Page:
Sliced Thin by The Editor Alex. H. Washburn This Guy Has No Sense of Humor The editor gels downtown late this irnmgy morning, opens up his mai land i'inds a letter that would ruin even a good day. It's from Emniet, but I'll draw the cloak oi Christian charily over the writer's name, and one paragraph of the epistle will give you his Irame ot mind: "Dear ICdiior: This juvenile delinquency that is sweeping our land is the reward that Satan the devil is paying the people for teaching the youth ol our land these Christina.-; Santa Claus and Easter Bunny lies—lor Iliere are no bigger lies than these." I could say several things. I could say that two generations ago ;> little girl wrote a famous New York newspaper and asked the editor lo say it wasn't so—what they were saying about Santa Claus. And the editor assured her: Yes. Virginia, there is a Santa Clans. You can't prove there isn't. And why try? It's a muggy morning the signs point to a bad if you have Christmas heart you don't care WEATHER FORECAST Arktin.'ins: Cloudy arid miid with scattered showers this afternoon, tonight and Wcilm -d,iv 50TH YEAR: VOL. 50 NO. 51 Stor of Hnpa 1899; Press 1927 Consolidated Januorv 18, 192". HOPE, ARKANSAS, TUESDAY, DECEMBER 14, 1948 (AP(—Means AsyjcmteO Pros* INEA)—-Moons Newspaper Enterprise Ass n. PRiCE 5c day is like. But if Ihe faith, then all day: days. Ami the- world growlini: already. and nil clay— but in your what "the don't have are growl y h:is enough iViy correspondent in Emmet has no sense of humor, of a talent for imiuir know thai the ;,our tempts to cast on and not much —or he would doubt he at- 'ie Christina season is neither original nor inter- tional capitlal.'i Peipiir'. Dec. 14 —(/P) — Peiping was isolated today, with Communist armies almost knocking at her walls. Authorities closed the south air field, last air link with the outside world. Peiping's west field was closed y c s t e r d a y. Nationalist ground troops were reported looting the west field today. Passenger traffic was halted on Ihe Peiping-Ticntsin railway, only land link with the outside the Communists do not control. This action was taken because of troop movements. Closing of Peiping's two air fields was not so simply explained. Well placed quarters said Gen. Chow Jib Jou, head of the Chinese air force, ordered the air force to withdraw without consulting Gen. Fu Tso-yqi, Nationalist commander on the northern fronts. (Associated Press Correspondents elsewhere reported 105 Nationalist planes from Peiping arrived at Tsingtao, U. S. marines base in China, and an equally large number at the crowded air- i fields around Nanking, Chinese na- Righis Movement Not Failure Says Thurmosid Savannah, Ga., Dec. 14 —(/P)— Both Gov. J. Strom Thurmond of South Carolina and Gov. Fielding L. Wright of Mississippi say they do not regard the Slates Rights movement as a failure or a dead issue. The statement came as presidential electors throughout the nation yesterday cast official vote:; for presidenlial and vice presidential candidates. Thurmond, the States Rights Democrats' presidential candidate, said not one" of the presidential electors States Rights had asken to Los Angeles, Dec. 14 — W) —Bul- Chiang Kai-Shek Not Showing War Strain be released lo vote for President Truman. He added thai neither had the parly voluntarily released any of them. "We had to make the fight, we did to preserve the principle of States Rights. We have demonstrated that the South is independent and no longer can be a doormat for anybody." Thurmond said. Thurmond and Wright, the Slates Rights Democratic presidential and vice presidential candidates, governors' conference on regional were in Savannah for the southern education. Nanking, China, Dee. 14 — (.<?)— President Chinag Kai-shek, showing little war strain, entertained ECA Director Paid Hoffman and other American officials at a stale dinner tonight. Vice President Li Tsung Jen j •made one of his rare public 1 ap- : poarances at the dinner along with | . . ,,,,,., ,. ,ether high officials of; lets ended Ihe life and unhappy ro- !Chiang's government. i mance of Patricia Styles, 25, beau- j llellinaii is .scheduled In leave tiful blonde radio and film actress 'tomorrow for Korea, via Shanghai. and daughter of radio entertainer Hal Styles, and loft her estranged suitor seriously wounded. | Nathan N. Sugarman. 43, head of i an auctioneering and business liq- J uidating concern, suffered wounds j in his leg and head. i Detective Lt. E. W. Smith said Miss Styles did the shooting. which started as the couple sat talking in an automobile and ended when she collapsed beside the car, By WAYNE OLIVER New York, Dec. 14 —l/P)- Mem- jbcrs of James C. Pelrillo's Amer- csting. Two generations cc.s;:or told a child and caused her i newspaper for the generations the newspapers been reprinting 11 ler to Virginia— griintied adult h ago his prede- the same thing i write to her truth. For two have Let- at editor's uid now a dis- ;; to si art. the aiu by writing 'jy, not of th-. . bul of what made Virginia jditor in the lirst The withdrawal deprived Fu of air support at a most critical time. All si.yns indicated the days of Nationalist rule of. Peiping arc about ended. Nevertheless Fu issued a special communique claiming he won his first "real battle" against forces of Gen. Lin Piao, top Red Manchuri- still firing at the fleeing Sugar-jican Federation of Musicians will man She was dead when pohcc_ar- end their 11 .1-2 month recording ban this afternoon. The signing of a new five-year this I contract between the union and' Ihe Iphonogiaph record companies will rived. Hospital attendants said Sug- larman's conditin was good. I Lt. Smith pieced together I story: Fu said his troops trounced Lin's fourth column yeslcrday in a battle seven miles north of Peiping. The communique said the 15,000 |Communis troops were beaten back Miss Slylcs and Sugarman had been in love for some lime, but quarrelled and broke up several months ago. Recently he announced his engagemnt to another woman. Yesterday Miss Styles asked him lo drive her to a friends home. , They paused to lalk in North Hol| ly wood and suddenly Miss Styles I took a pistol from her purse and I began shooting. One bullet creased Anglelon. Tex.. Dec. 14 — l/P) —jSugarman's head. Ho fled from the The decapitation last night of. one car - Another bullet struck his leg. to- I Miss Styles shot herself in the head. She half fell out of the car, firing a lasl shot at Sugarman as she collapsed. Free Enterprise Is Tv/o -Way Street for Labor Unions. Too By JAMES THRASHER A lot of businessmen used to think that free enterprise was a During the night, sporadic gunfire was audible in Peiping. It appeared to become more distant early this morning. (.iic-way street. Some of them still do. They were opposed to any government regulation—or, as they called it. interference — in business. A I. Hie .same time they favored strong legal restriction of labor union activities. They fought Ihe Ntw Deal, but tile New Deal won. From the recent election resultr.:. it still seem.; to be \vinnin;:. And some of the New Deal's changes—things like the S1CC and the Wagner Act — were brought about by the business theories and practices of these men. jsional taint from college football But the Mew Deal didn't cure i in the opinion of the nation's sports the habit of thinking of free enter-I writers. prise as a one-way street. The only | Almost to the man writers par- nifference now i;; that "the habit: jticipating in the Associated Press' has been acquired by a different set. of people who lliink of the one- way traffic as going in the opposite direction. One of these people is Philip Murray, president of'the CIO. It is clear from his recent statements that he is opposed to government Now called York Dec. M — (tl'i— The so- "sar.ily code" has failed in Jls purpose to remove the profes- year-end poll said they had failed to notice any effect of the code this year and many crilicized il as "not enforceable." The code was adopted by the Athletic asso- interterence in collective bargaining or regulation of almost any union action short of violence. But he favors strong legal restrictions of business. In an interviev,' published by the United Stales News. Mr. Murray told members of that magazine's skiff what he believes labor does and dors not w.mt from government, lie advocated immediate that have attempted to ivinlroiluclion of the Wagner Act, i while "others disregard National Collegiate ciation last winter. Specifically it prohibited aid to athletes that is not available to any and said he could not comp any h'.vKhition that could prove more suecessi:il than it had been. He did not want injunctions, lie thought UK- cuiiris could stop in when; picketing resulted in violence • lu'cu of any ban on .-ling. Ik- opposed non- affidavits. .-.ainsl boycotts and for notices. Cut did not lo prohibit the one He opposed unions for other student and forbade colleges to offer financial inducements to boys of athletic ability. The code gave the NCAA the right to punish member schools for any violation." It's the opinion of Bill Burke of the Salina (Kas.i Journal that the code has weakened some learns follow il the code day was blamed on homosexual lacks he had made on other prisoners. This theory of the cause was advanced by the prison system's general manager. O. B. Ellis, in a telephone interview from Huntsville, said Clarence William Redwine, he murdered man. had been accused of two homosexual attacks. 'This is behind it, I believe," Ellis said. Redwine was killed as the 200 prisoners marched put of the mess lall at Retrieve prison farm near here. Teday, Ellis reported thai. no progress had' been made in finding .he person or persons who killed the 38-year-old convict. He also said the weapon had not been found. Ellis said Ihe slaying apparently occurred this way. but he stressed that, his reeor><!i ruction v.'iis >'tUcfC- ly an assumption: A group or prisoners at one end ot the mess hall began talking loudly to distract the attention of the tw^o prison employes present. Then one man slapped a hand over Redwine's mouth while an other cut off his head with a small knife. The prison system manager said there was little hope of solvin" the case soon. He declared that any prisoners taking part or viewing the murder would be afraid to talk. "Ho was one of our most motori- ous inmates," Ellis said. "His record for making trouble is among the lop half dozen for Ihe entire system." Redwine was serving five terms ranging from five lo Ifi years for robbery by assault He entered the prison June 28, 1941, from Har- DC followed immediately by the first recording sessions since Jan. 1. for the AFL instrumentalists. The formality will put inlo of- . ... feet an agreement reached last Oc-'whcn he took office two tobcr but held in abeyance pond ing a government okay of the legal- Tokyo. Dec. 14 — (UrM -- The Japanese diet voted today to demand the resignation of Premier Shigeru Yoshida because of amorous advances Finance Minister Sanroku Izumiyama made to two women diet members while intoxicated from saki wine. Mrs. Halsuye Yamashita set off an uproar in the diet when she accused Ixumiyama of cmbarrasing her in the house restaurant yester day evening. His other accuser was Mrs. Toshi Matsuo. As a result of the charges, I/.umiyama resigned his cabinet post and his position as a diet member. A special diet committee had been appointed by that lime to oust him from his official posts. Izumiyama offered no defense for his action. But, he said, his wife had promised to remain by his side despite Ihe women's ac- cusalions. Opposition parties were quick to make political capital of the incident, since Yoshida announced months govern- At Hope city hall this morning approxmately "7000 acres of land in the Southwestern Proving Ground was sold to 30 successful bidders at a public drawing in charge of the local Surplus Land Disposal office. The veterans paid over $50.000 for the land. It included bids from Hi! veterans who made 304 offers on the 3(j tracts remaining for sale .This leaves only a small portion of the original 55.000 in the war plant site. Only a few hundred acres are fenced up as unsafe due to possible uncxploded shells, bombs and rockets which wore tested here during the war. By OVID A. MARTIN Atlantic City. N. J.. Dec (/I 1 )—President Allan B. Klin? 11 — of thr- | American Farm Bureau Federa- Parl of the reservation was soldjtK'ti deU.iicd lod.iv f new rtopies- ago the thal he would rid of "scandals." Mrs. Yamashita told a diet com- niittce today thai Ihe finance min- bless|islcr came into Ihe house rcslau- ily of a union welfare fund financed by royallies on records. The government gave it: ings last night. Attorney General ] rant yesterday" eveningTand began lorn c. Clark, and Solicitor Wil'teasing the waitresses. "I thought he was quite bold," Mrs. Yamashita said. I ex- , cups of sake (rice' wind) with him. A cabinet vice last year and the remainder this year with original owners taking back most of the land, on a priority basis. The drawing today was necessary because more than one V eto1 'an bid on pratieally every tract. The drawing was in charge of members of. the American Legion and VFW, who selected the group. to be administered by an impartial i c i vm cod two trustee, was le.:ul under (he Taft cnan ^ a uvo Hartley act. The S25.000 a year trustee will be sion can not be prevented by resort to price controls and rationing. Jn a ken.ote :.perch ptr-pareil for his organization's 30th annual: convention Kline s.ud the bir;gert problem facing the nation is the possibility of another "boom and bust" cycle, He said the country is in the It included: Joe Jones of the Amur- midst of a 'great inflation Miss Styles' father, who has been! Samuel 11. Roaenbaum. The fund is on various radio programs here for years and operates a radio school, rushed to the shooting scene and hysterically struggled with policemen to see his daughter's body. Miss Styles lived with her divorced mother, Mrs. Dorothy Styles. expected to produce .$2,000.000 a year and will be used to hire jobless musicians to give free public concerts mid for tare purposes. At least two of other union wcl- the four big rec- ris county. Ellis said confusion in there was so much the mess hall that it St. Lotus, .J)«.-. l<i &:&)-,A .turnr,' of Southwestern Bell Telephone company employes has received permission from its international executive board to call a strike any time it believes a peaceful settlement of a nine-month wage contract dispute is impossible." The union, division 20 of the communications workers of America, also by a mail poll of its 50,000 members in Kansas, Arkansas, Missouri, Oklahoma and Texas has been given authority to strike. Contract talks scheduled to be resumed today got nowhere yesterday. Negotiators failed to agree on any of the issues involved, a union spokesman said. The parties on the question of hourly wages are 8.3 cents apart. The company has offered increases averaging 6.7 cents an hour and the union is asking increases averaging 15 cents. •without mass Communist 1U (iO-day strike favor anv la to build strong it hasn't even scouts under- Gone Sullivan iMo.) News and continue teams.' 1 "In our section sent the talent ground" observed of the St. Joseph Press. Coaches commenting on the issue said they had noticed little effect. Coach John Barnhill of Arkansas said the code acts as a "big stick'' over .sonic schools that might otherwise disregard the reement. Coach Leo Meyer of was impossible to learn full details of the slaying immediately. "All we know is that his head was cut off by an inknown inmate of weapon used orri companies—RCA. Victor Columbia—lined up artists to start, recording Hie moment the contract j was signed. A third. Capitol, also planned a quick start, but officials of Dccca said they were in no rush. There was doubt whether many of the post-ban recordings would find their way to store shelves in time for Christmas trade. Pelrillo's union called a halt to recording activities Dec. 31. of last year when its old contract with the industry expired. That contract, like the present one, prodvidcd for .-ayallies on r'lcoroX However, the welfare fund was under sole control of the union—an arrangement prohibited by the Tuft-Hartley act —and a new contract with that provision could not be made. The union refused to make further recordings until a plan could be worked out for the benefit of musicians who Petrillo said were thrown out of work by "mechanical competition" of records used on the radio and in coin-operated phonographs. While the ban kept top American bands and instrumentalists from making new recordings, some new recordings have been made overseas and in Mexico and some in this country with local backgrounds. Trade sources also reported that some members of Petrillo's union secretly made recordings under assumed names during the ban. minister came into the room and I/iumiyama drank with him. "Then I7.umiyama sat next to I me and said, 'it's dull here, let's go out.' He pulled me into the corridor by force." After a tussle, she said, Ixumi- yama embraced lean Legion, LaGrone Williams of VFW, Miss Nell Coffee and Miss Sue O'Steen. picked by the Legion. Mrs. Hardean Davis, Mrs. Ruth Fenwick, Mrs. Pearl Hollis and Mrs. Martha Lee Willis. It was necessary to draw Wl names, "Historically, without exception, such inflations have been followed' by donations," he said. "tt is absolutely essential," he added, 'that such a doUalion.be avoided this time. It would not only ruin agriculture, bu' would Attending 'and helping in the have icpeicusoium. On e.onnnx drawing today was C. H. McClain. director of surplus property disposal, Washington. D.C. "Then he did something which I cannot describe," she continued. "Then lie bit my left cheek. 1 slapped his face and ran awav. 'Just before that, I told him he should not bo drunk at a time when government workers were anxious about the new basic wage schedule and the supplementary budget bill." "But he said, 'when you're drunk you don't give a dam about such things.'" Asserting there was "no rcnson for the insult," Mrs. Yam.ashita said, she and the other 14 women diet members stood up for election particularly 'to protect the nation's women against such men like Iqumiyama." She denied reports that she herself was intoxicated. Mrs. Matsuo, the other victim, told reporters that I/umiyama grabbed her hand. She added she did not want to make an issue out of it. "I agree there whould be a definite etiquette between men and women diet members, but I do not want to do anything like what Mrs, Yamashita did. "I think most men, after all, are like Izumiyuma." the governments should ban juris- di'.'tionol strikes. lie thought the right granted employers to talk freely lu worker:: before a bargaining-agent election was one of the vicirju:; provisions of the Ti.lt- Harllev Law. Jn sh::rl. !\lr. Murray thinks the poi, pie ;.nd flu- government should ; accept his asriiroi.ci.- that all union officers ;MH! members are people of \vi:-d(ui: and ;;ood failh. and then 'I 1 ire inipiurie to any legal curbs on union activities. her hand. Mr. Murray ie-ss and industry need y curbs. Ii; his annual he CIO convention he didn't think Texas Christian said he felt it would be u great thin., parlies adhered for football if all to the provisions. off and thai the type also is unknown.' Z. E. Harrelson. assistant war- don at Retrieve, said Redwine's head was found lying on a table about two feet from his body. The warden said he believed a large knife was used. No weapon was found on any Harrelson said. The only prison at the time Santo Doesn't Hove Trouble With Kids, Grownup Presents ore Tough .Rome Dec. 14. Italian government. (UP) — The announced o" By HAL BOYLE New were a steward in the kitchen and a picket guard at the door, the warden said. "It all happened so quickly and qrietly it was over before anyone York —(fl'i— Santa Claus the inmates, "ad a problem. j "I don't have any trouble pick- guards present i"S presents for the children," he realised what had happened,"' added. Redwine was killed as the prisoners marched out of the mess hall wrotc. "But these grownups many of them want books. 'But what book? I don't have much time to read, and this year the dad-blamed publishers came lie lout with about 0.000 new titles. Can to tanks (dormitories! and culls, Harrelson Redwine was 31! years old. Ellis said that with good be- you imagine anybody in mind wadinfi books'.' How again'.'" So, for the compiled a tentative through 9()00| about helping right new me books to sent to year I list of famous t ] Little Rock, Dec. M —i.V>--A Ne- '.-•ro attorney said today he believe;! i three plaintiffs had withdrawn : l'-oii! a lawsuit alleging racia, dis- havior Redwine could have been | around the world. Hyar 'tis discharged in lOoj; but "at the rale I good lun: he was going il would have been) How To Stop Worrying KHUi." i start Living -- George Bel Truman. Laughter in the Next Room Your noisy neighbors. Guard of Honor — Ma.j. Harry Vaiuih'.i. The J-l(.i;::e Without a Roof. — Your landlord. Ordeal by Planning —- Th" National Associaion of Real Estate Courtis, A Man Called White John Kankin. The Tax Dodgers — Sli-h — Any body. Economic Security and vidual Freedom — Gargaiitua. The Sky is lied —- The Committee on Un-American Activities. A Guide to Confident Gabriel Heatter. Gen. Rep. Covered By Heavy Fog By United Press He said H tendons twic m the Fort Smilh lattempted U Bugs Burimy ijt m SHOPPING V&Yi T_O_CKrciSTAUS_ ™7\7\r v v' i i' ==>J vY\ school system because of lion. 'I am reasonably certain the I three were intimidated." said J.: liobi-rl Hooker uf Little Rock, one i "' liK ' attorneys representing plauilitl's ui the action. r ihi,.'e ol Ihe ten Negroes whose names appeared on the petition ti'-L'd in K'doral court at Fon Smith last week said yesterday they had uUiuri/.ed attorneys to make parties to ihe adi'iii. The a/i: Oelbert Richardson, icey Joienburger and Ossiu lad escaped once. cape four times. av,d had sp t m most of his time in ! prison in solitary confinement. sorted B-y United P More layufls backs w.-re ri.-i U-ivd in,JusUu. •enss and production cut ortei.l today in aeat- Wit' snowball season here, I've got me a new motto. From now on, Doc, i aini to pleasel Shaw. The Man in the Street — Georgi. Gallup and Elmo Roper. Crusade in Europe — Stalin. No Place to Hide — Whiltakei Chambers. Tomorrow Will Be Better—The Republican parly. Theory of Hairnony — Moioiov A Mask for Privilege — an aulo mobile dealer. The American Language— .Sam Goldwyn and Leo Durocher. The Loved One — Tommy Mai:Ville. The Old Beauty — Peg:';,' Hop kins Joyce. The Gathering Storm — Your !o titl weather foreaster. 1'ootloose in France —lieu Charles Do Gaulle. The ' Gesture ••-- Norman Tiio;o;i.-= The World is Not Enough--- Thi .Soviet Politburo. Tov.'aru an L'nkno-.Yti Station * Tli,.imas K. Ucwey. The Nightmare of Americar. F'-r i'i;;n Policy — Chiang Kai-shek. King of the Wind Ickes." The Roo.-e\'e!l Mvlli — : Field Mar.--.haI Montgome: | Vo:i Can C'iMe-i.e the ' We;-1 brook Pei'ler. \ Smile Please -- John L. Ol'lic.' MaiiauemeM — ID:! ;P;ir:u-!! Thomcu.-. .Old, i capture Hu: Castle --ere Ti uman. Mysteries of Blair Hou. Knock on Any owner jr — Mine. The po- Aslonishinont —The Heavy fog covered a wide portion of Ihe middle west today bul the weather bureau reported that the nation had escaped the brunt of a cold wave bearing down from Canada. Meanwhile, the threat of serious floods was abating in the Pacific ] northwest. Forecasters said that a cold air which formed in the Yukon and started southward inlo the U. S. had changed its course and was proceeding eastward today along the Canadian border. The eoldesl spot in the country hull-1 was at Culbauk, Mont., where Ihe mercury showed -1 below. International Falls. Minn., reported 1-1 below. It was -1-1 below /.ero at the community of Suag in the Yuku'i lerritory. By comparison, Miami and Shreveporl enjoyed balmy 70- degree temperatures. The fog belt in the midwest lay for the second straight day across centra! Ohio. Indiana and' Illinois. Weather experts said it was not so widcsprea das (lie fog that lay over Ihe area Monday and that it'would disappear by this afternoon. U. S. engineers in Oregon, mean- fieially today that it had signed its first postwar treaty with Russia, calling for total exchanges of $100,000,000 worth of • goods an nually. The announcement said thy agreement was si/ine'iV in- Moscow Dec,' IL ' •'" '• ' ••'"• The treaty, n three-part document covering war reparations, commercial exchanges and commerce and navigation, has been in the making since Aug. 12. Under its terms !J3 warships will be turned over to the Russians under the terms of the Italian peace treaty. The first of them, the battleship Guilio Cesare, is being readied at Augusta, Sicily, for the trip to Odessa. The ships will be sent in five separate groups beginning Jan. 15, 1940. Under Ihe reparations agree rneiit Russia accepts as partial payment all Italian wealth in Romania, Hungary and Bulgaria. The difference between the amount due in reparations to Russia and the value of Italian properties in those counctrios will be paid in industrial products. in this country and everyone everywhere Kline said pionos.ils aio bom", made thai the government restab- lish ))i ice routiols uhuc ili'm of. scarce m.il'ii.il, and i itiont 1 )-;, n measuii 1 101 stabih.'m tn economy "Lit ic- be ,1 little cautious," h 1 urged. "about substituting th (> clumsy techniques of i,ovt.) rimei t controls for Hit. ;loiinus futuu 1 ot a free entoipiisi Mt,tcm in thi counli\ ' The t.ii m leadti "-aid (he pie?enl inflation i, moneUiiy ' in na lure. He o.ud it it-iUtU Ihc iart that ruiiuicv in < u ouUition and deposit', in bai.K has gone up from $06200,000,000 in 1%0 lo S1GD,- 000,000 last StpUmhcr in Little Rock, Dec. 14 --(/!')-- Keep your finders crossed. There may be a while Christmas this year. The weather bureau isn't making a definite forecast (here will be snow on Dec. 25, but accord- past 7;'i years iiius.s of j ing to records of the il is a possibility. Last night Santa Claus visited! Hope and so did practically every kid in this section to make it ono of the largest crowds ever lo greet Old Saint Nick here. And the youngsters loved it; even though most of (hern were weary before Santa put in.his.ap-, pcarance The Hope High School band; started the affair off by marchinj; downtown and playing several Christmas songs for the crowd! Station • KXAll interviewed dozens of kiddies on what they wanted for Christmas Santa was supposed to put in his appearance at i> o'clock and he did but was in an ,m plant cu cbng the town. When some of the crowd had started to leave he finally ar rived in a slick convertible and was promptly mobbed. Santa will be in Hope every day Ibis week and will talk with the kids at 1:30 and -i:.'JO p.m. each day on a program that will be broadcast. So if the youngster.! didn't get to talk with him Monday night they may do so any day thi-. wi-i 1 Thursday afternoon. December 1(5, has been sel aside for thii Negro children of Hope and old Santa will find out what they want at 1:30 and -1:30 p.m. Arkansas usually gets a white Christmas once every 15 years, one forecaster reported, and (lie last time snow fell on that day was in iu;;,'j. Should snow blanket the stale on that date, it will be quite a change from-the summer-like weather in Arkansas this we<-k. The mercury climbed to iil) degrees yesterday at Fort Smith and _ Texarkana. A record high temper- B V Thc Associated ature for Dec. 13 in Little Rock i rllt ri> ^>i Rlc in was recorded when the nvreury ' L ' iiai '*'" the luilion i jumped to 7!i at -I p. in. This was i lillir| l ' '" ul - m the previous i^-'ighbui in • Nicaiagua looted to a special meeting ot the organiza- Press ,u\Lirim«jt, iiud'kd by '"" •• 1'OUX three degrees above record set in 1'J'JV. Thi- weather bureau said the warm weather will be followed by a eold front, expected lo move into Herbert i »'hiie. ivportled (hat they had nhan- 'heels ol dod plans to start emergency I flood operations alum; the U'i!l:i- | rnette river which flows through 'the slate's most populated area| Col. O. E. Wal.-h .said free/nu: j weather and abating rainfall had i li.'ssened floods which had driven 700 persons Iron) their humcj along the river. The Willamette's en-si is expect— IK-nry eu to reach Portland ton will be three, feet below iloocl Garden Clubs in Charge of Home Decoration Contest U Arkansas rain. tonight on the to Try Opening i.&A. tion ot \IIH in ton tod i\ to Aim . ti_ m u Dip'omaUi. siou luaN JMU't all Statt , I'l W I .A Mli tin Ci ntt.il lUlhoiilKt, in Wdbh- faci-finding commss- lo ie- N bt s^ i t bv ijl in iKiiiiu-d inva Tbi lull Kit in f lu chai i 'in )'u i o i to IL i up oi Lun nunisi NiLd ;;u.iiu nn-ii dioMUaid m uliii- uiiiioims and ( o^ta jinlitii il evil s Ti> NH ii i um 'u\i. innu nt has foimdU iRii^d uii\ lout.-. tutye UU all Jin u ui inn Isti i - lid ii.s 'JpV- t ih d tin 'n.;hsrn 11 For- Tli ijjioi-js. Ark.. has been Ppooiti d ehuinilan oi a now 1:0111- inltee seeking I'ehauihtaUon of the iissou;': i^: Arkansas railroad. The eoii::iatl;.-e was formed here esterday alter the lormer cili- •ns eoiuiintti-e wa.-i disbanded. .1. B. Lambeil. Hi-leiia, nt tl s )t Cul. J rebel-. In pi i >. b I U u mil t i C i U Kic i L I I 1 Hll-, \ i i 1 ill d . Continued on by (our inu an lUidvtt'i-. page two C of C Board to Meet on Thursday i b 1 pi llltlvJ j'l n I kick, III II IS ,il •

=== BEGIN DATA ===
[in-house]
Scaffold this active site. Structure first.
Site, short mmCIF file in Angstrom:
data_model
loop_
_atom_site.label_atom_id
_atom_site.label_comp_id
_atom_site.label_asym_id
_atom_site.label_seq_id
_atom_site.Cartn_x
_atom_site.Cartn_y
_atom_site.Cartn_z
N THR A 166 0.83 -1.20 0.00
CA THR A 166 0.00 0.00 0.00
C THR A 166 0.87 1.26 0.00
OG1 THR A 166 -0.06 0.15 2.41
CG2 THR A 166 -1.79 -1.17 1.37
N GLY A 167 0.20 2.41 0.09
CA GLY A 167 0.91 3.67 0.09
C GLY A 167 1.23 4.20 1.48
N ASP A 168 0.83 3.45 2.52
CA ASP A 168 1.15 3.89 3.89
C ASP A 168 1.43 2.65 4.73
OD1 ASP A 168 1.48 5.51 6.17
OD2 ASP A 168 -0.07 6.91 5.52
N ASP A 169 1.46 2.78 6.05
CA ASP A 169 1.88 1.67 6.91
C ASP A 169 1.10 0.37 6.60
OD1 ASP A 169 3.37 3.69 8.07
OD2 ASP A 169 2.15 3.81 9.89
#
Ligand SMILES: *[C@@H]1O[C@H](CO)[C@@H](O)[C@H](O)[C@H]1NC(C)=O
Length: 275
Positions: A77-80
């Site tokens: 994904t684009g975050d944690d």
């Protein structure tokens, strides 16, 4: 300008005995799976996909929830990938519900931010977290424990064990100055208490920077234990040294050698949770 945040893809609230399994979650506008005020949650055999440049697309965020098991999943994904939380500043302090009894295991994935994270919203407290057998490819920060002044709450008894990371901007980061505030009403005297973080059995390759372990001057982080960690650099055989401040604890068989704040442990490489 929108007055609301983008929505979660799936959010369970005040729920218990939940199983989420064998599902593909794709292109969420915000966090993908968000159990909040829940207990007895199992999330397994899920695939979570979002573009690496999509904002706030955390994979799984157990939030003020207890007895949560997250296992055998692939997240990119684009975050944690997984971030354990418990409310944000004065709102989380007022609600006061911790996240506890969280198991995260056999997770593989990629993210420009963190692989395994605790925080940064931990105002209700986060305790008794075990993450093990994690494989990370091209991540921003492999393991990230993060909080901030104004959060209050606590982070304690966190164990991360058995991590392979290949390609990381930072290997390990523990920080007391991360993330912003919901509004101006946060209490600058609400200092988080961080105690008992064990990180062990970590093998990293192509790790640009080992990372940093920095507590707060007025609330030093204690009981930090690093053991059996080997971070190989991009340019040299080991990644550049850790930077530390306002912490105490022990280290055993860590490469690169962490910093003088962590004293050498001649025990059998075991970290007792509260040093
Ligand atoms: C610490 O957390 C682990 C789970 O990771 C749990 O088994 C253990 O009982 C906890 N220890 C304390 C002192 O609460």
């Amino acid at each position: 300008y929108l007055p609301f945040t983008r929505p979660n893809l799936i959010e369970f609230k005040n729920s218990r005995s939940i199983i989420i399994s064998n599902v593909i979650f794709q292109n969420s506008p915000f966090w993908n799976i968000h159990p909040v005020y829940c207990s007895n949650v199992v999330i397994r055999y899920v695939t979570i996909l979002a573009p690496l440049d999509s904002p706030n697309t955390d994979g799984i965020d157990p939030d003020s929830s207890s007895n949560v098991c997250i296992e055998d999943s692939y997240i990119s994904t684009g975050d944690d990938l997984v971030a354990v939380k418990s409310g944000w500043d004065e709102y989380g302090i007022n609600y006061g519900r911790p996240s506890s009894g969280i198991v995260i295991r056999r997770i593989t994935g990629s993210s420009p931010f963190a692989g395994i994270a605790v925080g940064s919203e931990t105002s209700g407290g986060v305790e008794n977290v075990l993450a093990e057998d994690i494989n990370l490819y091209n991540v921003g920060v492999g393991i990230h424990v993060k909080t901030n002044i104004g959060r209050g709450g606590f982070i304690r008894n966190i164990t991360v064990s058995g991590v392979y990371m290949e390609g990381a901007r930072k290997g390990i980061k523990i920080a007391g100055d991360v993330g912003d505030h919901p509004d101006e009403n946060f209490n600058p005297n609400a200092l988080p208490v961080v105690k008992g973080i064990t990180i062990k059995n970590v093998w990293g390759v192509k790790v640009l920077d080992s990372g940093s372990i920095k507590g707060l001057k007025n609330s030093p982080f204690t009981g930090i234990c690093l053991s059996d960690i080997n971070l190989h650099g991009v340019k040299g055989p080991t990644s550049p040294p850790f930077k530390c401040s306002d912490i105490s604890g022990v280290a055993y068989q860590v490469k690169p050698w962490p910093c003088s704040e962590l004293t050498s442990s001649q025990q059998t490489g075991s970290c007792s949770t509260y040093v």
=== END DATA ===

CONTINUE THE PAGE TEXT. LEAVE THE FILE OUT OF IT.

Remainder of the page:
Get access to Newspapers.com

  • The largest online newspaper archive
  • 11,800+ newspapers from the 1700s–2000s
  • Millions of additional pages added every month

Try it free